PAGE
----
Joey was recently interviewed by The Morning Call. Check it out below:
It’s been nearly three decades since former boy band New Kids on the Block released its first album, and 25 years since its commercial peak with such hits as “You Got It (The Right Stuff),” “Hangin’ Tough” and “Step By Step.”
On a tour that comes to Sands Bethlehem Event Center June 11 and 13, the group still has enough appeal to not only sell out the latter date, but also to do so in 45 minutes. That shattered the venue’s record for quickest sellout. (Tickets remain for the earlier date.)
That may be a testament to young female fans’ undying devotion to their boy bands, even as both groups age. New Kids members are now 42 to 46 years old.
New Kids singer Joey McIntyre points out that interest has continued seven years since the group reunited in 2008. That, McIntyre says, is validation that the group has continued to make good music and put on good shows.
He’s referring to the two discs the group has released since re-forming after a 14-year break. “The Block,” released in 2008, hit No. 2 and had a Top 40 single, “Summertime.” The follow-up “10” in 2013 peaked at No. 6.
In a call this week from a tour stop in Charlotte, N.C., McIntyre spoke about New Kids on the Blocks’ past, its current tour, and its future.
Here’s a transcript of the call:
LEHIGH VALLEY MUSIC: Hey Joe, how’s it going?
JOEY MCINTYRE: “Good. How are you?”
Just fine, thanks. So let me jump right into this: How did you guys end up touring with Nelly and TLC?
“Um, well, I think it started [when] we did something called the MixTape festival [in Hershey, Pa.], which we’re doing again this year. TLC was there and we hadn’t seen them in a while, but we listened to them back in the day when they first came on the scene and we were huge fans of them back in the day. You know, girls loved them, guys loved them, they really kind of broke the mold. They were so fresh and new and out there. And so we were big fans. And then to see them doing their thing again was really cool, so we thought out fans would – obviously they loved their music and all the hit records that they have, and they were doing their thing again. So we thought that was a pretty good fit.
“And then Nelly kind of came up because – well, first of all, he’s at the top of the list. To be able to have an artist with again, six, seven hit records and someone who really brings it and is an entertainer, we just thought that was a good way to kick off the night.
“And it’s been a blast so far.”
Let me ask what your shows are like these days. Obviously you’ve been around a while now and the fans from your initial popularity are the same age as you, probably – mid-40s. What kind of audiences do you see?
“Well, I think our fans are more – age is just a number. But I think they’re, like, more average in their late 30s. “Cause our fans were so young back in the day, which was tough. Because we appreciated the fans – we had some young fans back in the day – 5-, 6-, 7-,8-year-olds, you know? But yeah, the heart and soul of our audience is the fans that were there back in the day.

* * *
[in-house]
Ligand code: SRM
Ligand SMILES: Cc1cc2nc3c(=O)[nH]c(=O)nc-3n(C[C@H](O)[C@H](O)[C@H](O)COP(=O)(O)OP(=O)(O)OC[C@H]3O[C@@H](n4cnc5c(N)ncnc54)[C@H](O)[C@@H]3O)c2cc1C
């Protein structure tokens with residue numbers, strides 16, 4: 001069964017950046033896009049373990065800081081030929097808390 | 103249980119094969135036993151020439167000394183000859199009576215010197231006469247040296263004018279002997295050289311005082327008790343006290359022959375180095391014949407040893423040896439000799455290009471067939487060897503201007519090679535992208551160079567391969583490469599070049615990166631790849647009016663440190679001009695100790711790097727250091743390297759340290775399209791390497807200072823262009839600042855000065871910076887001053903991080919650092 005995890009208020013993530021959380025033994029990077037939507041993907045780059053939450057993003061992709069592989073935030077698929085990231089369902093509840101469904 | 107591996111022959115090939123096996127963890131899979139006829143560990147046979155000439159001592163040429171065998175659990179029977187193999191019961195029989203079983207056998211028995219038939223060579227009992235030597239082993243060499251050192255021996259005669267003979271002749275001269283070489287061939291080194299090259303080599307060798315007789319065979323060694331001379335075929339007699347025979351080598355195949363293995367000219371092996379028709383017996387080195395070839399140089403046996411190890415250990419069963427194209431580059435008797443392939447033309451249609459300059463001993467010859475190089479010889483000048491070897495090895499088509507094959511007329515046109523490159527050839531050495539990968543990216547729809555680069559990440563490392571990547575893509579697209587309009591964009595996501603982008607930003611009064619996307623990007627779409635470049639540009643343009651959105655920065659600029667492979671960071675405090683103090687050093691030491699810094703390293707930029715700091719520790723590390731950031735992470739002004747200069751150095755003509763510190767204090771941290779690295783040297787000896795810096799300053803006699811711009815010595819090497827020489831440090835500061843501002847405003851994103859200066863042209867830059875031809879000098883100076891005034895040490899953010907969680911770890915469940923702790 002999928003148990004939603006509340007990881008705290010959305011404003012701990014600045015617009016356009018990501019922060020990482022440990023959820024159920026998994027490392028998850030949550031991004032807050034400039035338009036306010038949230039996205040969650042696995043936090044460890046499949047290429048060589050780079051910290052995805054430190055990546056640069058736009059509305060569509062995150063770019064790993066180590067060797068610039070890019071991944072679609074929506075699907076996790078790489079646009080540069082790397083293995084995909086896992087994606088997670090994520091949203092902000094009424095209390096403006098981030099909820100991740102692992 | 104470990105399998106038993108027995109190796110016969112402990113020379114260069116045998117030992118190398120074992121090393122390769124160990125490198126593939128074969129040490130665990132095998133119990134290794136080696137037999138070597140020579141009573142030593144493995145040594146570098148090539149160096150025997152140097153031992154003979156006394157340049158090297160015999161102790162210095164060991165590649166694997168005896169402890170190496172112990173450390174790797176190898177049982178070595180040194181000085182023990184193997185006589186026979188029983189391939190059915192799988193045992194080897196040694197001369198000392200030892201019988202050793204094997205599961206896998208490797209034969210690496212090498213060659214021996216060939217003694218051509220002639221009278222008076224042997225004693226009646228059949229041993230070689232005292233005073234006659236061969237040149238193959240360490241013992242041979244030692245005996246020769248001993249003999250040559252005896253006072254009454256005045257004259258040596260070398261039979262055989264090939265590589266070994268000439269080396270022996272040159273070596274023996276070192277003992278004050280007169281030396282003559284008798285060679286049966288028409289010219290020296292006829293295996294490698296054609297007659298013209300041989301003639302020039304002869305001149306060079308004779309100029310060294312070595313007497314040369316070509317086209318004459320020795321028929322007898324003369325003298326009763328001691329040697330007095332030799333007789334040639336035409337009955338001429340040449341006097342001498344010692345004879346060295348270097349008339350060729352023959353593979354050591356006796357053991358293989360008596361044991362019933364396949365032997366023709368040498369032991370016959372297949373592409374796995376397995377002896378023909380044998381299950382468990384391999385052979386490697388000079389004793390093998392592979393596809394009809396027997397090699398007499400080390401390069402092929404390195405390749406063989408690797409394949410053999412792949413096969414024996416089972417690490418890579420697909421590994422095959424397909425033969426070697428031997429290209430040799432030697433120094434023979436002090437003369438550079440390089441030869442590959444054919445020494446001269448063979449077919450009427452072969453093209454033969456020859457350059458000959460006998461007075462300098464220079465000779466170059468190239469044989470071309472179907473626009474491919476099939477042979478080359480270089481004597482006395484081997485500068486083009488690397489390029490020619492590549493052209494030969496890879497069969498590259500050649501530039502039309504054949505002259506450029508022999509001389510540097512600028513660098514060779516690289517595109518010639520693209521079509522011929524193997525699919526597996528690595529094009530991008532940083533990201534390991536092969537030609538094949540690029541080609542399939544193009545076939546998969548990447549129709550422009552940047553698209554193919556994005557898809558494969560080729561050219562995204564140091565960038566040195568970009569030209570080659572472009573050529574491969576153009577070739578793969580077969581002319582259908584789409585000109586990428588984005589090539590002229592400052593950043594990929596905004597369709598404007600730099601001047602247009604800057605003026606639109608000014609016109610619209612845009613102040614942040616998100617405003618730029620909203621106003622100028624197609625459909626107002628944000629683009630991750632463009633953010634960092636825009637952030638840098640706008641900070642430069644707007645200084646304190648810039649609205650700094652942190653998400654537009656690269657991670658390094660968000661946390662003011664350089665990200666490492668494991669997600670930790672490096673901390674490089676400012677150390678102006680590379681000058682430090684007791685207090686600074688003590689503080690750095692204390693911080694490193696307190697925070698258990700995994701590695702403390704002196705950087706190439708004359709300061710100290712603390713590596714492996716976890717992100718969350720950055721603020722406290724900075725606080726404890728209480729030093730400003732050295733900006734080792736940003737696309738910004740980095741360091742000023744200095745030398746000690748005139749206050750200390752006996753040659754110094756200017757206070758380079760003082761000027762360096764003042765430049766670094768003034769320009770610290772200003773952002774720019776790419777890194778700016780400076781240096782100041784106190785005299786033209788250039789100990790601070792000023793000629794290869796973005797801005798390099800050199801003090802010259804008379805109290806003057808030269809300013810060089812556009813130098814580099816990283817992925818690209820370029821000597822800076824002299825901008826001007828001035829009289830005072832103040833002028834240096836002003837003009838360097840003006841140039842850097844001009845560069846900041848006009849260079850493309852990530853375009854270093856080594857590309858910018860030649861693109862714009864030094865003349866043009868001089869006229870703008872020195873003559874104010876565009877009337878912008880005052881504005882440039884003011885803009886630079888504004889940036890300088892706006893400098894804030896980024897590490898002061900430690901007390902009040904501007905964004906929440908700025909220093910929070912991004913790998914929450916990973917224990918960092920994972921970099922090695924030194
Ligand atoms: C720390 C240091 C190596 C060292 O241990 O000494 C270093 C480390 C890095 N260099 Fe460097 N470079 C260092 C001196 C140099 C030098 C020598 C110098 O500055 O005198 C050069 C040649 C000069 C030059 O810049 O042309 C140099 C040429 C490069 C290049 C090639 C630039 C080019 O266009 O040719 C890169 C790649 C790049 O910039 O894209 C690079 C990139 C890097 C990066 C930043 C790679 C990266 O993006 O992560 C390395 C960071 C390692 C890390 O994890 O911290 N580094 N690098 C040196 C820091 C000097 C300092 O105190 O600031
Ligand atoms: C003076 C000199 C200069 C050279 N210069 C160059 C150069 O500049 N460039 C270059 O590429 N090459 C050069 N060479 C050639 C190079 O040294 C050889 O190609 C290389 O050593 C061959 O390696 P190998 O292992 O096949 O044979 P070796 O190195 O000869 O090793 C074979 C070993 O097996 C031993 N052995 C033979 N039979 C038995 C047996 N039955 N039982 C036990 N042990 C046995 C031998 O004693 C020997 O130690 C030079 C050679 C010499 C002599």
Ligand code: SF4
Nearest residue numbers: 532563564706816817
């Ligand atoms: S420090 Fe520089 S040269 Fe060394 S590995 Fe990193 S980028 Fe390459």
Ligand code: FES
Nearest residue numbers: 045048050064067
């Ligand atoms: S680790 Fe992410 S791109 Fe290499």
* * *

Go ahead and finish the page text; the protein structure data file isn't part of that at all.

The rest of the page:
“But we’ve been back together again for seven years now, and as far as our shows go, we embrace the past, we embrace the nostalgia, but we also made new music. And we’re still young, thanks to being so young, again, back in the day. And we’ve been able to, I think, straddle, walk the line, between nostalgia and being current and cool and fresh. And that’s the spirit of the night.
“But when it comes down to it, we’re entertainers. Since the day we got together when we were teenagers, it was all about ‘What’s the next show?’ ‘How are we going to surprise them?’ ‘Howe are we going to win over this crowd?’ ‘Cause we didn’t come on the scene having millions of fans – we earned it. And we played for a lot of tough audiences and we loved winning them over.
“And I think we don’t take ourselves too seriously, but we take the show and putting on a great show seriously. And I think we’re great entertainers and we love to do what we do and we put on a show – regardless of whether you’re a New Kids fan, we want to entertain people, and I think we’re pretty good at doing that.”
Yeah, I got to tell you, I saw you guys the last time you came through Philadelphia, and here’s what struck me: It’s almost like you guys these days are sort of like The Temptations. You’ve got that music that people hear and like after generations. I think it’s able to see you guys as a vocal group, as a multi-generational vocal group, rather than just a boy band. You feel that at all?
“Absolutely. It’s all, I think, again, when you’re in the business long enough, you don’t get hung up on labels. Again, we’re a boy band, they say we’re the original boy band, yada, yada, yada. We’re a singing group, we’re a performing group.
“It’s funny you said that, ‘cause when you asked me the question I was just thinking, ‘The old-school entertainer.’ And certainly we have echoes of that – especially in the night we pay homage to the band that, without saying it, but bands like The Temptations and The Jackson 5. And I love those moments, because they’re timeless, and it’s almost like we’re carrying a torch, you know?